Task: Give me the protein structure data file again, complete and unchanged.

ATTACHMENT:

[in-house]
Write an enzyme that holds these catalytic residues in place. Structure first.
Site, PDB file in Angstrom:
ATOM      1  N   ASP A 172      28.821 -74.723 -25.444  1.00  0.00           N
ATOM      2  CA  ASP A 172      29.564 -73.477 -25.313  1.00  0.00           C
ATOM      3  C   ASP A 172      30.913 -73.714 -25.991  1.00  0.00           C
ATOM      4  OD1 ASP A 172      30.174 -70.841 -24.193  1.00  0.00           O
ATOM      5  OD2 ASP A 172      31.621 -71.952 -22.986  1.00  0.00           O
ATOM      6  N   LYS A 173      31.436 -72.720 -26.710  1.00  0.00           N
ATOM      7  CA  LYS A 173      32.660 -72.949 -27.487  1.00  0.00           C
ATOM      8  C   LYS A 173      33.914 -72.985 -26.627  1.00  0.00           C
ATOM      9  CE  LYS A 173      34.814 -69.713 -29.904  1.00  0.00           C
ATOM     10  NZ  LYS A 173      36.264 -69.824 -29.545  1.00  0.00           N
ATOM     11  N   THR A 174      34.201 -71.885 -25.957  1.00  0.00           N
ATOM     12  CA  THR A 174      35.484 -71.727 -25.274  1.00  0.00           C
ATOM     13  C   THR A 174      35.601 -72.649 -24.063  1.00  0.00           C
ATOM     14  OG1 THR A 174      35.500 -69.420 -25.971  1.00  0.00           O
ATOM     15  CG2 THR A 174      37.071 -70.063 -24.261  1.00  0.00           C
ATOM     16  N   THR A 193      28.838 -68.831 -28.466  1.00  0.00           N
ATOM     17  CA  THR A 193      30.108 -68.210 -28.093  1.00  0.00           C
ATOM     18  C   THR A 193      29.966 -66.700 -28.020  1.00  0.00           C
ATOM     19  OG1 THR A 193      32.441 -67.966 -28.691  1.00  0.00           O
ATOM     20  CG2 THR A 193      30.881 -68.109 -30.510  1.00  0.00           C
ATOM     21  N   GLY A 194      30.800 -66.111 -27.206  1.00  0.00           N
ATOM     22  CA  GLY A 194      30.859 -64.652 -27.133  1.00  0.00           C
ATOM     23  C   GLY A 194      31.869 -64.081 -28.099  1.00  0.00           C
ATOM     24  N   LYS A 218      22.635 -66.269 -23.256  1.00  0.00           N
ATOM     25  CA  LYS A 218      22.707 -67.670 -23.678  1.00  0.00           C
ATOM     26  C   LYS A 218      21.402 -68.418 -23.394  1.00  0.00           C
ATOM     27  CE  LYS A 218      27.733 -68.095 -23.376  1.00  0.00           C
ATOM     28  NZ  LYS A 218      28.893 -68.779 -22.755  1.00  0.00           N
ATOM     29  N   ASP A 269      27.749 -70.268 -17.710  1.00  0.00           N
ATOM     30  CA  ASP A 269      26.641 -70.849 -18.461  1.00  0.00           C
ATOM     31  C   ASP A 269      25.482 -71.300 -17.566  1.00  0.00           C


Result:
[in-house]
Write an enzyme that holds these catalytic residues in place. Structure first.
Site, PDB file in Angstrom:
ATOM      1  N   ASP A 172      28.821 -74.723 -25.444  1.00  0.00           N
ATOM      2  CA  ASP A 172      29.564 -73.477 -25.313  1.00  0.00           C
ATOM      3  C   ASP A 172      30.913 -73.714 -25.991  1.00  0.00           C
ATOM      4  OD1 ASP A 172      30.174 -70.841 -24.193  1.00  0.00           O
ATOM      5  OD2 ASP A 172      31.621 -71.952 -22.986  1.00  0.00           O
ATOM      6  N   LYS A 173      31.436 -72.720 -26.710  1.00  0.00           N
ATOM      7  CA  LYS A 173      32.660 -72.949 -27.487  1.00  0.00           C
ATOM      8  C   LYS A 173      33.914 -72.985 -26.627  1.00  0.00           C
ATOM      9  CE  LYS A 173      34.814 -69.713 -29.904  1.00  0.00           C
ATOM     10  NZ  LYS A 173      36.264 -69.824 -29.545  1.00  0.00           N
ATOM     11  N   THR A 174      34.201 -71.885 -25.957  1.00  0.00           N
ATOM     12  CA  THR A 174      35.484 -71.727 -25.274  1.00  0.00           C
ATOM     13  C   THR A 174      35.601 -72.649 -24.063  1.00  0.00           C
ATOM     14  OG1 THR A 174      35.500 -69.420 -25.971  1.00  0.00           O
ATOM     15  CG2 THR A 174      37.071 -70.063 -24.261  1.00  0.00           C
ATOM     16  N   THR A 193      28.838 -68.831 -28.466  1.00  0.00           N
ATOM     17  CA  THR A 193      30.108 -68.210 -28.093  1.00  0.00           C
ATOM     18  C   THR A 193      29.966 -66.700 -28.020  1.00  0.00           C
ATOM     19  OG1 THR A 193      32.441 -67.966 -28.691  1.00  0.00           O
ATOM     20  CG2 THR A 193      30.881 -68.109 -30.510  1.00  0.00           C
ATOM     21  N   GLY A 194      30.800 -66.111 -27.206  1.00  0.00           N
ATOM     22  CA  GLY A 194      30.859 -64.652 -27.133  1.00  0.00           C
ATOM     23  C   GLY A 194      31.869 -64.081 -28.099  1.00  0.00           C
ATOM     24  N   LYS A 218      22.635 -66.269 -23.256  1.00  0.00           N
ATOM     25  CA  LYS A 218      22.707 -67.670 -23.678  1.00  0.00           C
ATOM     26  C   LYS A 218      21.402 -68.418 -23.394  1.00  0.00           C
ATOM     27  CE  LYS A 218      27.733 -68.095 -23.376  1.00  0.00           C
ATOM     28  NZ  LYS A 218      28.893 -68.779 -22.755  1.00  0.00           N
ATOM     29  N   ASP A 269      27.749 -70.268 -17.710  1.00  0.00           N
ATOM     30  CA  ASP A 269      26.641 -70.849 -18.461  1.00  0.00           C
ATOM     31  C   ASP A 269      25.482 -71.300 -17.566  1.00  0.00           C